I don’t think I’ve ever sung or heard the song “Good King Wenceslas” in an Advent or Christmas worship service. After all, the song doesn’t mention Advent or Christmas. It doesn’t tell the story of Mary and Joseph, and there are no shepherds, angels, wise men, or star. There is no baby Jesus crying or not crying.
Instead the song tells the story of “King Wenceslas,” a duke of Bohemia in the 10th century, who was killed by his younger brother and other noblemen who conspired against him. After his death, stories soon circulated about his compassion for the poor, his generosity, and goodness. He would later receive the title of king from the Holy Roman Emperor, then veneration as a saint.
In the song, Good King Wenceslas is very much alive and looking out his window one night on the Feast of Stephen, which is celebrated on December 26. Though the moon shines brightly, there is much snow and a harsh wind.
So when the king sees a peasant collecting wood, he calls for provisions, he calls for his page, and together they set out in the bitter weather to deliver the gifts to the peasant’s home. The song then ends:
Ye who now will bless the poor
Shall yourselves find blessing.
The carol’s message of generosity is fitting during the Christmas season, and especially for December 26 which is Boxing Day where I live in Canada. While for many today, Boxing Day has become just another day off, and a time for post-Christmas sales, it has also been associated with giving to the poor.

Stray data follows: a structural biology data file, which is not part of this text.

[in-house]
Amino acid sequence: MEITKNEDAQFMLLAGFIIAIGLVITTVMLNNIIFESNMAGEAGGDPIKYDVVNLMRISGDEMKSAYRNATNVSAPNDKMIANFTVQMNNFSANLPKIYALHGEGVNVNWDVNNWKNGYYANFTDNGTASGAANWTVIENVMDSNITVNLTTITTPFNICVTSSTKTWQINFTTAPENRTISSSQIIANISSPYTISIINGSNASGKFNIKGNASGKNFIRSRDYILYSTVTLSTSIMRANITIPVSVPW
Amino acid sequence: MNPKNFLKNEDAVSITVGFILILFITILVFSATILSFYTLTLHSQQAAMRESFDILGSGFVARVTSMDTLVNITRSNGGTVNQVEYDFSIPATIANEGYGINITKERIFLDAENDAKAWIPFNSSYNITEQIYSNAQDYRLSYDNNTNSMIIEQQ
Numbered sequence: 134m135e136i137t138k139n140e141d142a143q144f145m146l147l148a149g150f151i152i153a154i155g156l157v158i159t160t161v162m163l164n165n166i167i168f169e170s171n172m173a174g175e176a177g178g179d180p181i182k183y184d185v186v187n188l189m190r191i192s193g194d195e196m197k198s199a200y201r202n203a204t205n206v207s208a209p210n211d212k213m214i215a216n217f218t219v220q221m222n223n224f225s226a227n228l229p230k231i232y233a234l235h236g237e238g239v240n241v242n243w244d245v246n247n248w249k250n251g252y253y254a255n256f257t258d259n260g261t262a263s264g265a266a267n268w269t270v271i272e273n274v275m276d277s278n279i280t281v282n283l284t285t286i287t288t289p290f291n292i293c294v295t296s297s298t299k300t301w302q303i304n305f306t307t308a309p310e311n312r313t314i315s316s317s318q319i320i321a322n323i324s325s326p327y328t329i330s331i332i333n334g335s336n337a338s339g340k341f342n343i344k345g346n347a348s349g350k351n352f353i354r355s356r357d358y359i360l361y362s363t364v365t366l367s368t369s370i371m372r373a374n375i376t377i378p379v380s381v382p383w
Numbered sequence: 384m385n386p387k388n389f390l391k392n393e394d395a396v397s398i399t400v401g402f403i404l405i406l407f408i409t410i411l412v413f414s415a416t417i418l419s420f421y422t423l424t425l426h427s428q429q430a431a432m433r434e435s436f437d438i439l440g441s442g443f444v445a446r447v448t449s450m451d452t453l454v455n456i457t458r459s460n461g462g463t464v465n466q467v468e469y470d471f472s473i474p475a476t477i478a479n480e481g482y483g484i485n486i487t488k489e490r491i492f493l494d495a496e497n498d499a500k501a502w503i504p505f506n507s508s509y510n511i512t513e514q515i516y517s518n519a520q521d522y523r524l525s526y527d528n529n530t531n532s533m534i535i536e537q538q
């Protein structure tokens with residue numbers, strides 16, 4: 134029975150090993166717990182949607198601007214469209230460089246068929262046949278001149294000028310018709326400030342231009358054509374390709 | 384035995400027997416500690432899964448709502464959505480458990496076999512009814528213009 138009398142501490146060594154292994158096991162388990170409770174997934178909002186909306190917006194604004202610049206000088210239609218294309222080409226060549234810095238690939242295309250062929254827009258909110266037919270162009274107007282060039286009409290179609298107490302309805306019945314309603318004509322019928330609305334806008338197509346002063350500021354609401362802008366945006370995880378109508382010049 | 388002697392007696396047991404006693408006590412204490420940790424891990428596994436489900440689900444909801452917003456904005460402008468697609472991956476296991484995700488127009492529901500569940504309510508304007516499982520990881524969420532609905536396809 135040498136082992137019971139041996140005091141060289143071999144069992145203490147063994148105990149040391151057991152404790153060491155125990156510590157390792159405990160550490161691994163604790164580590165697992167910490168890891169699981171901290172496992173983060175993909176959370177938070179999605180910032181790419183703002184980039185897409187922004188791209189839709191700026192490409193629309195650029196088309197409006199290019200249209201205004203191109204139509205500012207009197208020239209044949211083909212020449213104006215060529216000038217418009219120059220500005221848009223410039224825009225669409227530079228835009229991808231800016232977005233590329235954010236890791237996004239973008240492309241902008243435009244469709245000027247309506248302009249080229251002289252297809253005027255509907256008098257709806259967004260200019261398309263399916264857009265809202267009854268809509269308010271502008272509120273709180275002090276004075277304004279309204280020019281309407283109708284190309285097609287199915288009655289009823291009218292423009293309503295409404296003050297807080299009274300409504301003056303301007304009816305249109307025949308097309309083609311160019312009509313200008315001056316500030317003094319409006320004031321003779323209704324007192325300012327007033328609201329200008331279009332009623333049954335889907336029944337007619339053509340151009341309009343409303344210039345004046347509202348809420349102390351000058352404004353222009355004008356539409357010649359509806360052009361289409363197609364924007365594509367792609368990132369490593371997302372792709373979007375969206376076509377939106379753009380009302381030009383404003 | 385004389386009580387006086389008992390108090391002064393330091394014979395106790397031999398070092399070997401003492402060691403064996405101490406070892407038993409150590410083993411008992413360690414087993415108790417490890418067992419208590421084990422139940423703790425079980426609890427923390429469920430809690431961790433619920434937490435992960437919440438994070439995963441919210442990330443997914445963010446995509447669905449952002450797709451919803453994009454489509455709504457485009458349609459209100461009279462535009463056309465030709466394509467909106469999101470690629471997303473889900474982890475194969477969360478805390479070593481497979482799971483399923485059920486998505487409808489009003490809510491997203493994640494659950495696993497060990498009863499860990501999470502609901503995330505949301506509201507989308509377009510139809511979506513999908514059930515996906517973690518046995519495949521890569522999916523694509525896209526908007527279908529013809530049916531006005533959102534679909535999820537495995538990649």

But at a Christmas concert last week, what caught my attention was the relationship between the King and his page, for at one point the page says:
Sire, the night is darker now
And the wind blows stronger
Fails my heart, I know not how
I can go no longer.
And the king replies with considerable compassion:
Mark my footsteps, good my page
Tread thou in them boldly
Thou shall find the winters rage
Freeze thy blood less coldly.
So king and page continue:
In his master’s step he trod
Where the snow lay dinted
Heat was in the very sod
Which the Saint had printed.
It suddenly occurred to me that the page could go on because he followed in the footsteps of the King.
That’s so much like our lives today, isn’t it? When we face the harsh winds of various trials, when our hearts fail and we feel we can’t go on, King Jesus invites us to follow in his footsteps. Our trials may still persist, we may still feel we can’t go on, yet in the footsteps of the King we can tread boldly.
So for this Christmas, whatever the weather you face today, whatever the winter’s rage, I pray that you and I might tread boldly and give generously. For we do not go alone. We follow in the footsteps of our King.
Writing/Reflection Prompt: What is your favourite Christmas carol and why?
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